By Evans Powell
In the late 1940s, I was a country boy from a small town in Louisiana who had aspirations of becoming a doctor. Money was tight, but I managed to be accepted to undergraduate school at Tulane University. My whole family decided to move with me to New Orleans in hopes of finding a better life in the big city.
We settled on Garfield Street, and I managed to scrape together enough money to graduate from Tulane, then was accepted into Tulane Medical School. I was suddenly faced with the daunting task of finding a way to pay the gigantic amount of $400 per semester to attend medical school.
Many nights after supper, we would walk down to the corner bar, Fees, for a beer. It was a chance to relax, meet the neighbors and socialize. It was on one such night that I threw out the general question, “Does anyone here know where I can get a job?”
A gentleman who was sitting nearby said he knew Seymore Weiss’ wife and he’d give her a call. At that time Mr. Weiss ran the Roosevelt Hotel. After the call, I was interviewed by him and related my financial problems with attending medical school. Mr. Weiss picked up the phone and called the Bell Captain and told him to put this boy on the floor.
Thus I became a bellboy at the Roosevelt.
I was the youngest bellboy by far. The others had been there for years and were very protective of their jobs. But they took me under their wing, calling me “Doc,” and taught me the tricks of the trade.
A lot of famous people came to New Orleans during this time, and they all stayed at the Roosevelt. We used to sneak into the kitchen and watch the shows in the Blue Room. I particularly remember Claudette Colbert, Gen. Dwight Eisenhower, Jack Webb and May Wynn, to name a few. May Wynn was starring in the “Caine Mutiny” at the time, and I was especially impressed by her name in lights at the theater across the street from the entrance to the hotel.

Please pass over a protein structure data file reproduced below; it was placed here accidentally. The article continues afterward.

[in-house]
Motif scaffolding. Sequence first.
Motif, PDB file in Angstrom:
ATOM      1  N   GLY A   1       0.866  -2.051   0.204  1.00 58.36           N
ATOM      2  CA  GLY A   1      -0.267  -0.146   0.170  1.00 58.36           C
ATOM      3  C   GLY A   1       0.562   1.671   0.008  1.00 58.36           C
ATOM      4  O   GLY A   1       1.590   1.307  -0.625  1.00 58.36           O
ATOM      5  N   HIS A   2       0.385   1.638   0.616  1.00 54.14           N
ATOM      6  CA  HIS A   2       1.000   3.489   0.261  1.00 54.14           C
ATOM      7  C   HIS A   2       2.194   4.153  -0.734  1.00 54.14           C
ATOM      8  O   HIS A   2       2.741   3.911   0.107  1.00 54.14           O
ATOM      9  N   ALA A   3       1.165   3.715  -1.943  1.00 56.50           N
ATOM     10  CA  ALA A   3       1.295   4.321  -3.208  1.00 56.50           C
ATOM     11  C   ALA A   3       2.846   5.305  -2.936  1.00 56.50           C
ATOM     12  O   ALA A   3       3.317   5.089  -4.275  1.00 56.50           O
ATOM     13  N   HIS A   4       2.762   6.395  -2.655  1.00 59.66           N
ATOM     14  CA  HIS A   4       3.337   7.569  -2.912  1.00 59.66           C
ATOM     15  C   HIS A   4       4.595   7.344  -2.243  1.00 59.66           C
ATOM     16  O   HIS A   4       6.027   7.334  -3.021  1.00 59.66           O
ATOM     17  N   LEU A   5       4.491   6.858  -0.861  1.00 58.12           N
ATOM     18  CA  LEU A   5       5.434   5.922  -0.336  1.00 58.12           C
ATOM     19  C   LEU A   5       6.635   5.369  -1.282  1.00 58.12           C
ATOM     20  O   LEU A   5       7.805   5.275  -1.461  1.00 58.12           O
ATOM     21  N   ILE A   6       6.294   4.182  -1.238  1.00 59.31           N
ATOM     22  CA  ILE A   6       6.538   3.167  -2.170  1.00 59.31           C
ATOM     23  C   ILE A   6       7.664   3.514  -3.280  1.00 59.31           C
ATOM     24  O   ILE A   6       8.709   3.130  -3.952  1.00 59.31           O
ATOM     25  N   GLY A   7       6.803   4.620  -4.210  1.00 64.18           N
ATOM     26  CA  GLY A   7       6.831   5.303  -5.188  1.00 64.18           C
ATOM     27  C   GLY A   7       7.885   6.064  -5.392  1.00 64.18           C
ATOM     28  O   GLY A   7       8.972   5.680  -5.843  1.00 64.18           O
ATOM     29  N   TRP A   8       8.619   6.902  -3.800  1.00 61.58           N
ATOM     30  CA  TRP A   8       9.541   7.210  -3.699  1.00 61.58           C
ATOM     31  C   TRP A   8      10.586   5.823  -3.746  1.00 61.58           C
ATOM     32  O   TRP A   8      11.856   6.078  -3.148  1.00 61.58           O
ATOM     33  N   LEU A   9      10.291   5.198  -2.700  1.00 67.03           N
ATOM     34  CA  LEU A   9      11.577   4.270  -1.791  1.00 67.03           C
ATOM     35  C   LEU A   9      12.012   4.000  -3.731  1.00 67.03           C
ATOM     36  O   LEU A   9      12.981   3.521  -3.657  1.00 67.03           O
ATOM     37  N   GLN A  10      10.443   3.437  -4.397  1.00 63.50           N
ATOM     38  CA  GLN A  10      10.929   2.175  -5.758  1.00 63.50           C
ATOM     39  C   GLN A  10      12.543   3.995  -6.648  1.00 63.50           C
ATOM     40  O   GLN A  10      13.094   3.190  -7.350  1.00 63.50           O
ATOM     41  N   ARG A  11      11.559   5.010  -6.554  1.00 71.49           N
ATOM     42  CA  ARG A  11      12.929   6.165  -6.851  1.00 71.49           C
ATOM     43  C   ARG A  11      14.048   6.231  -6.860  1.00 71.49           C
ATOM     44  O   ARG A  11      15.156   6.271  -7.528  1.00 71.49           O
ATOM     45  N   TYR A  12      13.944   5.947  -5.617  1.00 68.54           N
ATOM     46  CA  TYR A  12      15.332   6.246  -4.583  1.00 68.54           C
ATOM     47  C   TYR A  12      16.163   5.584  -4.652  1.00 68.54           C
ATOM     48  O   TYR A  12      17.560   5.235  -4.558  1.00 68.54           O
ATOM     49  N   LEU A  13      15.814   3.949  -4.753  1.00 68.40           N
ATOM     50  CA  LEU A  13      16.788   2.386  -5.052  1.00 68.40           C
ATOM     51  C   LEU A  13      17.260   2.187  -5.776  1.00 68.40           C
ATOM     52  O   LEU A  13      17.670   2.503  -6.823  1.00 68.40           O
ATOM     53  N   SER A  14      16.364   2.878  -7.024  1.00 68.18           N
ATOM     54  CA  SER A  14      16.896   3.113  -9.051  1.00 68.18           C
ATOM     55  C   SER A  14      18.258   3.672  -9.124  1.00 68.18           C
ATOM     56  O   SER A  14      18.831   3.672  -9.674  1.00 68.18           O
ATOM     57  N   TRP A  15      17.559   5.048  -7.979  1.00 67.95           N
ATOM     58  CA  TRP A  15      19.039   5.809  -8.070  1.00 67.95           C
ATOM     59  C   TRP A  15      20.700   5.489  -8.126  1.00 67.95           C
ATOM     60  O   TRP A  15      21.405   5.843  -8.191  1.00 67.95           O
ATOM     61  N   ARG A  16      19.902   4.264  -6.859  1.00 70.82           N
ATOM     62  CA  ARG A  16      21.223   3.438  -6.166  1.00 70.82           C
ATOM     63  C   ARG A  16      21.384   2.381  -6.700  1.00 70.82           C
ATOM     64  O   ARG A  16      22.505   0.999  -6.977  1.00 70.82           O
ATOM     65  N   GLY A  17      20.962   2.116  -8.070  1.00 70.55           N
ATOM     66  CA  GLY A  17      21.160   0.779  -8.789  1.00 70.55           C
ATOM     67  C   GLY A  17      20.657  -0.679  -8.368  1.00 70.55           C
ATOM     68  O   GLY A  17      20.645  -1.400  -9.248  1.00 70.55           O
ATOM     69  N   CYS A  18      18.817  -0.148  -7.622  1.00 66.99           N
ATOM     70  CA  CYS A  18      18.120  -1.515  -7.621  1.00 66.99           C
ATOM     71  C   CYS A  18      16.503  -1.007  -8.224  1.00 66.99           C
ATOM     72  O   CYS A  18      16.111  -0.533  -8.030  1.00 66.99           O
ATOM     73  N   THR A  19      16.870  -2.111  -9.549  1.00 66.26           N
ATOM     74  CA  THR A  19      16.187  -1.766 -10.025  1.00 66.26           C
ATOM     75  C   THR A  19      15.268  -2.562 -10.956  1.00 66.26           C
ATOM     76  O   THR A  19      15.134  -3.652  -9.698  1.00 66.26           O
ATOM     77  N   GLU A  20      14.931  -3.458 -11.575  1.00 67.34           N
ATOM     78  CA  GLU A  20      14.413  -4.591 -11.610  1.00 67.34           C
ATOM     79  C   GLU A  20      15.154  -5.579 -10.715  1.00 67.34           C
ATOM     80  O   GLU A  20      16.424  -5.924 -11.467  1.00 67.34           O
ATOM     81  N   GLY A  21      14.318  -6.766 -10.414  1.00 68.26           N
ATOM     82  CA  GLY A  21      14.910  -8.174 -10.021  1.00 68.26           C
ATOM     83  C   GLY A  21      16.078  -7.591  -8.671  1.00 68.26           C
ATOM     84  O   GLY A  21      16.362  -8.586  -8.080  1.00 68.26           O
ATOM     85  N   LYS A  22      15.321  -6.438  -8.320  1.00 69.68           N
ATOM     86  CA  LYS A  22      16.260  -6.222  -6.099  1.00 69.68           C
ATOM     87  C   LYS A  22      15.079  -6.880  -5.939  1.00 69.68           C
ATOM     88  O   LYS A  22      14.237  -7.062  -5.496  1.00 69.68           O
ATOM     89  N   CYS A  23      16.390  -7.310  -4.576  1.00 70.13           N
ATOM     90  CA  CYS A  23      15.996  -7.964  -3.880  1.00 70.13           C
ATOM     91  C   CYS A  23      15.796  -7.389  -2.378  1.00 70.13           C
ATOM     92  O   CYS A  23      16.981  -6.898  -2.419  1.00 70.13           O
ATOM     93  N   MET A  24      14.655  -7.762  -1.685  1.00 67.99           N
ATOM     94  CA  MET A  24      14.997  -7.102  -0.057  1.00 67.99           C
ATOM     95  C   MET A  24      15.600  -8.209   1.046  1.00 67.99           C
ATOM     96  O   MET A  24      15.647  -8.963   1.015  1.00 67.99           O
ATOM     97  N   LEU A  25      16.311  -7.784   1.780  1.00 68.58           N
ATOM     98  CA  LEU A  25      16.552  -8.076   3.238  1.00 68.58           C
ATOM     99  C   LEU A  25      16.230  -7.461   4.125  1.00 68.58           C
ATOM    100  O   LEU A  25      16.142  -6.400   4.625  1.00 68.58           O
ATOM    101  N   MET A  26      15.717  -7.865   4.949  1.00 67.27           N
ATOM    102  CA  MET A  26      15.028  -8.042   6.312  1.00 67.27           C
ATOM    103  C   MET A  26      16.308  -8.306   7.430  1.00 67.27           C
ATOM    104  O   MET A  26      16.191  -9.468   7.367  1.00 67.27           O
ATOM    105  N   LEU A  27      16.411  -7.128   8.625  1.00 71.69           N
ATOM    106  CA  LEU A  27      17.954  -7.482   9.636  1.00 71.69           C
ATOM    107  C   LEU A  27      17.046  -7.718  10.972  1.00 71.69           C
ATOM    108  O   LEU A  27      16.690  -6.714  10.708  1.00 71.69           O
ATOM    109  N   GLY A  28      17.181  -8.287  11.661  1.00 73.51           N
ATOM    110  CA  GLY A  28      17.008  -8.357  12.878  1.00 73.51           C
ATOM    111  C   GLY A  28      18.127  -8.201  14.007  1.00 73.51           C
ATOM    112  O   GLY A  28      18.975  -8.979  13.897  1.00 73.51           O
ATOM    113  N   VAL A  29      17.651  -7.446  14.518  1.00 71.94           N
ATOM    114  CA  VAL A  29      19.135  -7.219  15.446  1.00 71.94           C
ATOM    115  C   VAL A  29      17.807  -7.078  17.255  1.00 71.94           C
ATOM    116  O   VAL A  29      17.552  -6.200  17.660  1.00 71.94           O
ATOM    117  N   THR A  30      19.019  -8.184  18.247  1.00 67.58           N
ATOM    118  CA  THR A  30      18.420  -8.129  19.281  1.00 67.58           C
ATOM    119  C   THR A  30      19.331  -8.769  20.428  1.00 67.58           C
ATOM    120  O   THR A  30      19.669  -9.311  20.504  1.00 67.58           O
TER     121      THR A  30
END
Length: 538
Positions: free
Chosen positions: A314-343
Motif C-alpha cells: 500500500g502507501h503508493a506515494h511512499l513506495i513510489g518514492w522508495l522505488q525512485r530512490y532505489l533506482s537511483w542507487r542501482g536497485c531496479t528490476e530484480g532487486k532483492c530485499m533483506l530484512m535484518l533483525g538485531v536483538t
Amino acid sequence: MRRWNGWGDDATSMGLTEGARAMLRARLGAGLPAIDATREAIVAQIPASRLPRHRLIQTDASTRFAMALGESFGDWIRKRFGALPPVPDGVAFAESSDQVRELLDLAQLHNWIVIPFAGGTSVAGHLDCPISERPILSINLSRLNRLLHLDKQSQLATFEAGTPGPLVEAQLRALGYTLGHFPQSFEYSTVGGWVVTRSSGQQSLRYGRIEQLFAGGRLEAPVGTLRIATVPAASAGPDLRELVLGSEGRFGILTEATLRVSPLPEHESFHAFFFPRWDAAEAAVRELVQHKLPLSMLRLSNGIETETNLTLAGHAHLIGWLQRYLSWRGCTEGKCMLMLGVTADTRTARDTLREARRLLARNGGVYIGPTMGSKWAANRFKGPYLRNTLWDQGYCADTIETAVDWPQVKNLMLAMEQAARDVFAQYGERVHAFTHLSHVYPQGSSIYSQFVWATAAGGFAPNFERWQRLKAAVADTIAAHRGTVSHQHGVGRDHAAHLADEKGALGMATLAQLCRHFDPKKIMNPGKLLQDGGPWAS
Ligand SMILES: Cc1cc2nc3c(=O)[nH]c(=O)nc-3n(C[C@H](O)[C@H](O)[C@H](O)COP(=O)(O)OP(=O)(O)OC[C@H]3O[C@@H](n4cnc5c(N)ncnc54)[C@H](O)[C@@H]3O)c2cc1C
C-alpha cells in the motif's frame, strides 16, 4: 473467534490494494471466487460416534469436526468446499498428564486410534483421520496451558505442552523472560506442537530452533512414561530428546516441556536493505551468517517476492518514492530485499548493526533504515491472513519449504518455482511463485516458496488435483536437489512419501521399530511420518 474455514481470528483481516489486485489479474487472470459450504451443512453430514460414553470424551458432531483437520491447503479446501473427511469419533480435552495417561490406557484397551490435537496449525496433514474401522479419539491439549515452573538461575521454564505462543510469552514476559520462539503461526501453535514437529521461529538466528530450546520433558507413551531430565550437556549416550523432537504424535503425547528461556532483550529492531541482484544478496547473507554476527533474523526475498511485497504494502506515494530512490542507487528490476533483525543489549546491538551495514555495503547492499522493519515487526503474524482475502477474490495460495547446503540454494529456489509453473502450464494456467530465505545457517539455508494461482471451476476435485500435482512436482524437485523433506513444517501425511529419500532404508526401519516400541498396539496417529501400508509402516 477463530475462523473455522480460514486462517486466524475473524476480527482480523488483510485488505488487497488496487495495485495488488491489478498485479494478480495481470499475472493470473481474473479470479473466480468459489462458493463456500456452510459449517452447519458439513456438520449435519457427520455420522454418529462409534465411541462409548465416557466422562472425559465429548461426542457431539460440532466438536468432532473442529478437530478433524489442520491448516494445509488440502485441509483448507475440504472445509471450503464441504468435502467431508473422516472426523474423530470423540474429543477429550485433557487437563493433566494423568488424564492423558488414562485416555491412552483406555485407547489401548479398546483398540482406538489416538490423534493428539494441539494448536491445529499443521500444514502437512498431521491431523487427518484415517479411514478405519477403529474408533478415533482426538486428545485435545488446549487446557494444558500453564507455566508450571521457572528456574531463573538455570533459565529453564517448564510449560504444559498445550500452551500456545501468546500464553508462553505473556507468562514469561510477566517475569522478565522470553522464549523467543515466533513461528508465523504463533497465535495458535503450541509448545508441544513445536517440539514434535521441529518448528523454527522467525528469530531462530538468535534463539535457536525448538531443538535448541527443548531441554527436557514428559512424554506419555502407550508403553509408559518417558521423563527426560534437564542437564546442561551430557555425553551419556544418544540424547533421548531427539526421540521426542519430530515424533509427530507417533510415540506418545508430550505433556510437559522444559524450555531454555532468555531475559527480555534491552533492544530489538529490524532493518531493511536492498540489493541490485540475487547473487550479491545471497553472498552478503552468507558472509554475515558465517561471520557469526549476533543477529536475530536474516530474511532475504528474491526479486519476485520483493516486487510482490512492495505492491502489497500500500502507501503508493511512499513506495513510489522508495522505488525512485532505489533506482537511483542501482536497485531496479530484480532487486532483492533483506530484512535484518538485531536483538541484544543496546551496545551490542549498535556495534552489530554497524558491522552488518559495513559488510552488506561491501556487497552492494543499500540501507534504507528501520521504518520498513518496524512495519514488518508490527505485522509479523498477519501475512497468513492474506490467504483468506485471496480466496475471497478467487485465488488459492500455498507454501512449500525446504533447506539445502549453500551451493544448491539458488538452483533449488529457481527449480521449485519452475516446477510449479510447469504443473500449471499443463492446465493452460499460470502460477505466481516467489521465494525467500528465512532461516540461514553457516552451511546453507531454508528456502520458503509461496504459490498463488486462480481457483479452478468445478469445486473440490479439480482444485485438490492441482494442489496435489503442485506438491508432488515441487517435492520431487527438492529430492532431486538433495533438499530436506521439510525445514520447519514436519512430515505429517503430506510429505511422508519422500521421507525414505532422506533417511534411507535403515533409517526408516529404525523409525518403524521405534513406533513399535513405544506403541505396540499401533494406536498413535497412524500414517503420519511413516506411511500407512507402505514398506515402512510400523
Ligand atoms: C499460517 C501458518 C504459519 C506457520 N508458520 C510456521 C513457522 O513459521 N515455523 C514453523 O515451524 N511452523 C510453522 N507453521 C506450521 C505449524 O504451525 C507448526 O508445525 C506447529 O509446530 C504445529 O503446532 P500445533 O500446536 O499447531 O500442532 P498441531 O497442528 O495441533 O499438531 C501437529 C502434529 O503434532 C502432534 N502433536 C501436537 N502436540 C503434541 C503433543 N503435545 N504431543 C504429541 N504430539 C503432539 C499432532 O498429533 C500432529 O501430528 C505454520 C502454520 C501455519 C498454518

Jack Webb was another story. He came with his entourage and a huge amount of luggage, which we struggled to get to his rooms. After we delivered the bags and there was no tip forthcoming, he said, “Okay boys, I’ll take care of you later.” Which he never did. We were “stiffed,” as it was called.
Earl Long was often at the hotel and was a genial if seedy-looking character. He gave us tips on the horses.
A number of people lived at the hotel. I remember one gentleman, owner of a bag factory, who lived there with his wife and young son. Another was the owner of a nationally known import and export business.
I was once called up to one of the rooms at the hotel, and arrived to find two men there, and the room trashed from a party the day before. A few days later, The Times-Picayune ran a story about the “Church Bandits.” It seems that two men posing as policemen were making the rounds of local churches, telling the ministers that there were robbers in the area about to rob their institutions. They then asked if they could sprinkle finger print dust near the church money in an effort to catch them. While the minister was occupied, the two guys would take the money and ran.
The two men I discovered in the trashed room, it turned out, were the Church Bandits. During the time of all their robberies they had been living and partying at the Roosevelt.
There were many wonderful things I remember during my years at the Roosevelt. The Christmas decorations were fantastic. We changed our uniforms from blue to red for the season. The International Suite, which hosted Presidents and famous people, was a fabulous set of rooms and rented for $100 per day.
The job was exciting, fun and provided the cash I needed for medical school. I probably made about $275 per month, including tips.
Even though I eventually left New Orleans and moved out west, where I practiced medicine for 50 years, I will always consider myself a native New Orleanian at heart, and I remain grateful for the generosity shown me by this wonderful city.